Friedlander and Baron also went after the Rural/Metro directors. They asserted in their briefs that Shackleton desperately wanted to sell the company because his investment vehicle, Coliseum Capital Management LLC, was overly concentrated in the stock at a time when it was trying to raise money for another fund. They also argued that DiMino, who initially opposed the sale of the company because he wanted time to expand the business, came to favor it once he realized that he would likely continue to run the company after a sale, and that Eugene Davis had to leave the board by the end of March 2011 and therefore also wanted a quick sale.
Investment banks Moelis and RBC aided and abetted these violations of fiduciary duty, the plaintiffs claimed, by producing fairness opinions supported by financial analysis that was dramatically overhauled in the days before the Rural/Metro directors voted to approve the transaction. Both banks stood to receive a hefty fee for their M&A work, and RBC had the chance to earn millions more by providing financing to the buyer.
Much of the plaintiffs’ case should have seemed dubious given the premium on the deal, and the Rural/Metro directors came off well at trial. The plaintiffs cast aspersions on the company’s decision to run an auction while larger rival Emergency Medical Services Corp. was also up for sale. But Rural/Metro itself had previously tried to buy EMS’s American Medical Response Inc. division, a deal Shackleton said he would have supported enthusiastically, so combining the companies made some sense. At the very least the timing of the auction would have been within the board’s business judgment.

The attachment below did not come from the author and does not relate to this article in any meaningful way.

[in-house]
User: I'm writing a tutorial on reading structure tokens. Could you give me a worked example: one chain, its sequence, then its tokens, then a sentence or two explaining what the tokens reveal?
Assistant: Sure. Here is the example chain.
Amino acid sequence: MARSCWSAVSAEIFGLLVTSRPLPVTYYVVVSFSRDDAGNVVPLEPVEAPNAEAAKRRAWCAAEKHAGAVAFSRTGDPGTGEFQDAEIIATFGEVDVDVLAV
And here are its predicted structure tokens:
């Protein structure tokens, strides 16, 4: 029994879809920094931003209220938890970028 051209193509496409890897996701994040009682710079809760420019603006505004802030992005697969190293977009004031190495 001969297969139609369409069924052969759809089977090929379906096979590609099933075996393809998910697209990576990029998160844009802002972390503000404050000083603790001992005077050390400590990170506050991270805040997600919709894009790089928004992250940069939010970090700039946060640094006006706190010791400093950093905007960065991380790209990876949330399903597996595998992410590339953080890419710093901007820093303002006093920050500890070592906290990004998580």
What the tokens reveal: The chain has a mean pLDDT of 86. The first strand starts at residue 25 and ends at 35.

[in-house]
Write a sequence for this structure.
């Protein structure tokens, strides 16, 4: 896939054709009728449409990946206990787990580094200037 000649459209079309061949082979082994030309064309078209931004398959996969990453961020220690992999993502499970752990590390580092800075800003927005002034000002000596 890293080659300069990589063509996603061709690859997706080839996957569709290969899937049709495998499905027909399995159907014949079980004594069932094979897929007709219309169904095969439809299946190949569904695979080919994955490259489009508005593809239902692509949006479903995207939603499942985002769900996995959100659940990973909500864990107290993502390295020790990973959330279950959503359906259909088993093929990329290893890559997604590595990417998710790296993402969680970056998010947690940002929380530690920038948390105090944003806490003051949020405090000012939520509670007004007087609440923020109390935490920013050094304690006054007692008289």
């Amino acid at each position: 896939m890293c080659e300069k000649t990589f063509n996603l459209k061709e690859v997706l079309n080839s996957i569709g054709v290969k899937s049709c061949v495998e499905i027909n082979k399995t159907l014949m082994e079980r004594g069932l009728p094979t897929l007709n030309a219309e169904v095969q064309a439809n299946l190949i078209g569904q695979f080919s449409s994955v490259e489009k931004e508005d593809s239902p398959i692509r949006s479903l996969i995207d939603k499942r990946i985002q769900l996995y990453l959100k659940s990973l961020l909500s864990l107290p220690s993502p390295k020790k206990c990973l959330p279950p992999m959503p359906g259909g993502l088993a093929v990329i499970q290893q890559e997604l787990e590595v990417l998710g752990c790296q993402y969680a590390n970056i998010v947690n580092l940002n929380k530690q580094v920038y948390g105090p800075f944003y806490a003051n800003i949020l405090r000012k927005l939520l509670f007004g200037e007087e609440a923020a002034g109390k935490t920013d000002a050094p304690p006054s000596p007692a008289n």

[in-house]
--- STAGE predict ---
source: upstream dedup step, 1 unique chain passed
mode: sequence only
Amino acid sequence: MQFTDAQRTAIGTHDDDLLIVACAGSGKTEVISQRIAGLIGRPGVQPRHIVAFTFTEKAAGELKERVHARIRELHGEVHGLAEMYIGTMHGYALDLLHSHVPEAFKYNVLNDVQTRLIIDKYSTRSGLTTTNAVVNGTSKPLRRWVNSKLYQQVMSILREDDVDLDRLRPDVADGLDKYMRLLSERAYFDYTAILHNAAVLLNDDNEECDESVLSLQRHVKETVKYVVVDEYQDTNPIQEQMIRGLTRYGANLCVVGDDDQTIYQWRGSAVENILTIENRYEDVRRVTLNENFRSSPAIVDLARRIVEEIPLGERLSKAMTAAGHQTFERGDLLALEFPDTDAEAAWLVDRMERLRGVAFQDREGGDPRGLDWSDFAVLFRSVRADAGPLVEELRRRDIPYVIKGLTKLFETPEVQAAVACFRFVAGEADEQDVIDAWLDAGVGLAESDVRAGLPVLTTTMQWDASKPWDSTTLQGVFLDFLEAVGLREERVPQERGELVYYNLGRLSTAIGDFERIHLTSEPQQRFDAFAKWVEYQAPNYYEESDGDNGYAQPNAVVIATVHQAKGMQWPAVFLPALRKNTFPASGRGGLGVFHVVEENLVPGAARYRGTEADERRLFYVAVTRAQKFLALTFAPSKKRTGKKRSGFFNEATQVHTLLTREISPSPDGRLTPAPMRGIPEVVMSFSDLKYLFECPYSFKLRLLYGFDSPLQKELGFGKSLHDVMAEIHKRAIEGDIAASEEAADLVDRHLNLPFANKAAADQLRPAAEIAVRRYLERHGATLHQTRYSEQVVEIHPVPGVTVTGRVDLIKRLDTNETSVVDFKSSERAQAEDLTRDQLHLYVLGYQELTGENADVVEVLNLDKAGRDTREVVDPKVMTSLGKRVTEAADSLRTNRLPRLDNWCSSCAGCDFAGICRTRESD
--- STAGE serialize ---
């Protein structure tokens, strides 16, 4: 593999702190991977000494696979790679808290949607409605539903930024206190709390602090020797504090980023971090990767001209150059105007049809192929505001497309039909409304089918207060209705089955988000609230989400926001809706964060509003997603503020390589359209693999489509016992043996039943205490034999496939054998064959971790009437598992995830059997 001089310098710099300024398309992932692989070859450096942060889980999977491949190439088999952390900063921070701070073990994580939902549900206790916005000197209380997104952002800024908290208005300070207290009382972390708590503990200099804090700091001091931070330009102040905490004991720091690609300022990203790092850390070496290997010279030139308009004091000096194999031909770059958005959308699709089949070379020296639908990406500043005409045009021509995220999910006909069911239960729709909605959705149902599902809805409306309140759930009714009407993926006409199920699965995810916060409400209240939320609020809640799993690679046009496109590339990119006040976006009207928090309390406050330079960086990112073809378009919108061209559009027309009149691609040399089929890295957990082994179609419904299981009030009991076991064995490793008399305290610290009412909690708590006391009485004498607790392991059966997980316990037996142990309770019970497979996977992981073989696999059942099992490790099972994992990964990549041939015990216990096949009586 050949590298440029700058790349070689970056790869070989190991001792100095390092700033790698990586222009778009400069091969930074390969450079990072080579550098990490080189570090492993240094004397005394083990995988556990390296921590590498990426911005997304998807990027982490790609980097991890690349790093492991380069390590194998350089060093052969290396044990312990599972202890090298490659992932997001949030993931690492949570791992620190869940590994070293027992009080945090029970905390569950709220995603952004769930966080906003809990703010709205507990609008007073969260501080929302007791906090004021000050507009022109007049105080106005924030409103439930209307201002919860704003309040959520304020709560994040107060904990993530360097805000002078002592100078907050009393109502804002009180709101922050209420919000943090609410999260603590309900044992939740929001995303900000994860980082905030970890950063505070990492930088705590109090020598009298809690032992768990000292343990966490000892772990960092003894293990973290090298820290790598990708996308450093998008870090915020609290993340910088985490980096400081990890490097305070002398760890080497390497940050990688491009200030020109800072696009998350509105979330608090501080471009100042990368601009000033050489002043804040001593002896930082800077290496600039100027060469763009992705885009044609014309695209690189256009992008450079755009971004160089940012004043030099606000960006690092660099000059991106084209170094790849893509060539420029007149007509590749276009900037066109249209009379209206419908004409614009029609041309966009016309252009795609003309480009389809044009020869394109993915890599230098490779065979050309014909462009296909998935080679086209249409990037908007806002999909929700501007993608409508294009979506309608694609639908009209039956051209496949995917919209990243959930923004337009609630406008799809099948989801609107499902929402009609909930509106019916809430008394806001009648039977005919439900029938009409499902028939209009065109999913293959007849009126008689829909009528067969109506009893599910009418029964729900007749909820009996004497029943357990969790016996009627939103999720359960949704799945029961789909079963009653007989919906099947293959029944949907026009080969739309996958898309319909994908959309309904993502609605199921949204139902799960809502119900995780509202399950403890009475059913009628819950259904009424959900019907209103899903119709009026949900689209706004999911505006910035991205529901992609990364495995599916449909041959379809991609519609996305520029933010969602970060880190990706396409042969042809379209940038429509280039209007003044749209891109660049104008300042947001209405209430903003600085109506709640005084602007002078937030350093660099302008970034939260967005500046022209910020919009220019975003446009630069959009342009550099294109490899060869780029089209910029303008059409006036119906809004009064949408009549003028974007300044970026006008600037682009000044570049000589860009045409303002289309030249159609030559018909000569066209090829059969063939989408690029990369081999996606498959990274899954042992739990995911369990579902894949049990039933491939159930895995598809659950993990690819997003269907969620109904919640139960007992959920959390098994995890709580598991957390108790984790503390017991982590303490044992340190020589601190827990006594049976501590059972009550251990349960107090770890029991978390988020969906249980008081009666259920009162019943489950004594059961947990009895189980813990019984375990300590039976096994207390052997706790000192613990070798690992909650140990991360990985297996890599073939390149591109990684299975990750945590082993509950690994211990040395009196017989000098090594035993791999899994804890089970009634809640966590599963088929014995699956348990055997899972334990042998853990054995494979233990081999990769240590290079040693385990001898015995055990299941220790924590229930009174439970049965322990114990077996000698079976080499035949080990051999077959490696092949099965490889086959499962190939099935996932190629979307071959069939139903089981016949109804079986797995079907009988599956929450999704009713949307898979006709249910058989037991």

So too would have been the board’s decision to sell even though it had just adopted a growth strategy in the fall of 2010. As Munoz said at trial, “The company had no track record of making acquisitions.” DiMino pointed out that Rural/Metro has completed only two $50 million acquisitions since being sold to Warburg Pincus and that one of those has turned out badly. Many of the bidders for the business were skeptical about Rural/Metro’s growth prospects, and they turned out to be correct, since the company has struggled since being sold.
RBC’s Munoz did not come off as well. The Del Monte decision notwithstanding, he and RBC’s head of U.S. investment banking Blair Fleming schemed to provide stapled financing to Warburg Pincus even after the PE shop declined the offer. Both bankers were focused on RBC’s relationship with Warburg Pincus and on signing up a deal that would have been RBC’s largest deal ever for a healthcare company. And RBC stood to receive an M&A advisory fee only if Rural/Metro agreed to a sale, though that’s true in the vast majority of sell-side assignments.